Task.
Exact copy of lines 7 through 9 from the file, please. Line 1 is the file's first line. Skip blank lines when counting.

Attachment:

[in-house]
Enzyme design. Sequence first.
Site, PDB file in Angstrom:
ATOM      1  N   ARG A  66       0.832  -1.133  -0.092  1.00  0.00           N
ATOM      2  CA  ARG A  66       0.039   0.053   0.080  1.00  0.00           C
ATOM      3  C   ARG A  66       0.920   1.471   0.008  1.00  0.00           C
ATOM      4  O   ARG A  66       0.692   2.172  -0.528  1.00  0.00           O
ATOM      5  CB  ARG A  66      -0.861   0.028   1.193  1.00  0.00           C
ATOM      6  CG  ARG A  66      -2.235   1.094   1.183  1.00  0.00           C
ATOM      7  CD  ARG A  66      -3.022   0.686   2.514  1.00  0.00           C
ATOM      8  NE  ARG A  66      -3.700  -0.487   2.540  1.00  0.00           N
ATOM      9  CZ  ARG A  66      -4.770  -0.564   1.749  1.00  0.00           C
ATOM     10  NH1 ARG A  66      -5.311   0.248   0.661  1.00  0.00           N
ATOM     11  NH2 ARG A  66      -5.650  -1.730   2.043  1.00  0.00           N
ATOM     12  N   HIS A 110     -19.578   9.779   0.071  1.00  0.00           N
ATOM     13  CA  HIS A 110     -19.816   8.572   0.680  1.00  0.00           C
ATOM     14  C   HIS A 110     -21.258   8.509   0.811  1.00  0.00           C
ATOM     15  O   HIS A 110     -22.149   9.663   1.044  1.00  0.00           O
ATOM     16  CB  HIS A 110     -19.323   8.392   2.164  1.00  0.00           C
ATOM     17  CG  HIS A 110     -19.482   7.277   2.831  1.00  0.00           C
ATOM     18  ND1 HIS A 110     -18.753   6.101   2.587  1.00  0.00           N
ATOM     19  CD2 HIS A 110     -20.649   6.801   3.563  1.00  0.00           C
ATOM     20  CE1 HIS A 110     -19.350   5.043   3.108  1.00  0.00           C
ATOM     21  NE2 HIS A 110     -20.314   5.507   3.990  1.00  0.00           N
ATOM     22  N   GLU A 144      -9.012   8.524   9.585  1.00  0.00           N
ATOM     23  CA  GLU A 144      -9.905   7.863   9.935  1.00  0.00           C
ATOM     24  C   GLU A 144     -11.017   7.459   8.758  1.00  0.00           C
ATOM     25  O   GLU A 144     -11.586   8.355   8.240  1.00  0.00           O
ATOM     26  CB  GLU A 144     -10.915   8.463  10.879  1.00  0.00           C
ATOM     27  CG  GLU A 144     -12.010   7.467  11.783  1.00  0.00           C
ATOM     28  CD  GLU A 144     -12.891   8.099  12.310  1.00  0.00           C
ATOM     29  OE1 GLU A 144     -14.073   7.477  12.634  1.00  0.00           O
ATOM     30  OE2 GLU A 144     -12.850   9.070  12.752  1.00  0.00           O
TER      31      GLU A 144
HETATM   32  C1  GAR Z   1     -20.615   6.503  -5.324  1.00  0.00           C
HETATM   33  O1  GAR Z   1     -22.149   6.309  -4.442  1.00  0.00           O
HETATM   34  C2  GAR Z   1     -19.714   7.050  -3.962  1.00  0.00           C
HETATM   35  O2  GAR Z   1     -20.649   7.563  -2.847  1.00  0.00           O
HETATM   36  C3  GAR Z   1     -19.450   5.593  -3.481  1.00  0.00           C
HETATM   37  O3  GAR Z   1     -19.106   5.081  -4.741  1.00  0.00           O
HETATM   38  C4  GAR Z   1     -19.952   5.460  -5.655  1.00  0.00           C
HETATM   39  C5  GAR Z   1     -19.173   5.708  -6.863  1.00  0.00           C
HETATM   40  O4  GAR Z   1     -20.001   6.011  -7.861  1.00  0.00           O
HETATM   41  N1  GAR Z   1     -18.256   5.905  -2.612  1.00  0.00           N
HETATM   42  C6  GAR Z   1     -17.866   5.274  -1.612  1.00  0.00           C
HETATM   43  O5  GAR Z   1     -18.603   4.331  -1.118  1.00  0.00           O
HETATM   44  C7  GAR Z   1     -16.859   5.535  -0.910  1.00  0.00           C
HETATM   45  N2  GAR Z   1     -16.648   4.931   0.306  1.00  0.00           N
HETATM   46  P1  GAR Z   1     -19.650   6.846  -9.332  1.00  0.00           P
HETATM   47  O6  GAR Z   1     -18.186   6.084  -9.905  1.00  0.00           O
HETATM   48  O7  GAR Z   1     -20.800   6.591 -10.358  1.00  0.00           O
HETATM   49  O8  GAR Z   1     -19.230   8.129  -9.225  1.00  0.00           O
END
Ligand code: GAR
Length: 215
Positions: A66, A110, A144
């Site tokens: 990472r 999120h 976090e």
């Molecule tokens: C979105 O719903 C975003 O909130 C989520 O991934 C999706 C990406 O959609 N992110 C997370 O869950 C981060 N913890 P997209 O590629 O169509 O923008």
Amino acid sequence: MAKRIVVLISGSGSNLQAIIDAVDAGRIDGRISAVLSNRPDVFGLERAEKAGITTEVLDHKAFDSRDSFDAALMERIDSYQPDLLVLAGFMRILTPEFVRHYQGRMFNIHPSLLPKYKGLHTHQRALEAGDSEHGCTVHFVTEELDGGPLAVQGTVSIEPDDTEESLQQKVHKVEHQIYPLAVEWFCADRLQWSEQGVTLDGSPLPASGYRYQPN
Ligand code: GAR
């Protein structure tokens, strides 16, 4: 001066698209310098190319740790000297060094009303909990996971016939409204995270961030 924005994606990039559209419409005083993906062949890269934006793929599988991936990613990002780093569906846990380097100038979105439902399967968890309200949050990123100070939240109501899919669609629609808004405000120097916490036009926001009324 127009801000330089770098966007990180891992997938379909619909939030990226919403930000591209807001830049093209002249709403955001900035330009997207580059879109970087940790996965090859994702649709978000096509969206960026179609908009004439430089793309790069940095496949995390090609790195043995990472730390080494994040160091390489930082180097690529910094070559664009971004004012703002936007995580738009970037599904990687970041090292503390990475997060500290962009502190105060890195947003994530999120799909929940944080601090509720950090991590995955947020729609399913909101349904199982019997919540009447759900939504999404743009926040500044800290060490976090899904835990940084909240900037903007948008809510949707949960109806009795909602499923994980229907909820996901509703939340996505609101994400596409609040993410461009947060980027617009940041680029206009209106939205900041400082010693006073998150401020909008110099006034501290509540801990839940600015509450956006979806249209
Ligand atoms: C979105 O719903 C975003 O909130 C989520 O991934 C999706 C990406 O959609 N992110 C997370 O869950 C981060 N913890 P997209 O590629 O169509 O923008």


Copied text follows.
ATOM      4  O   ARG A  66       0.692   2.172  -0.528  1.00  0.00           O
ATOM      5  CB  ARG A  66      -0.861   0.028   1.193  1.00  0.00           C
ATOM      6  CG  ARG A  66      -2.235   1.094   1.183  1.00  0.00           C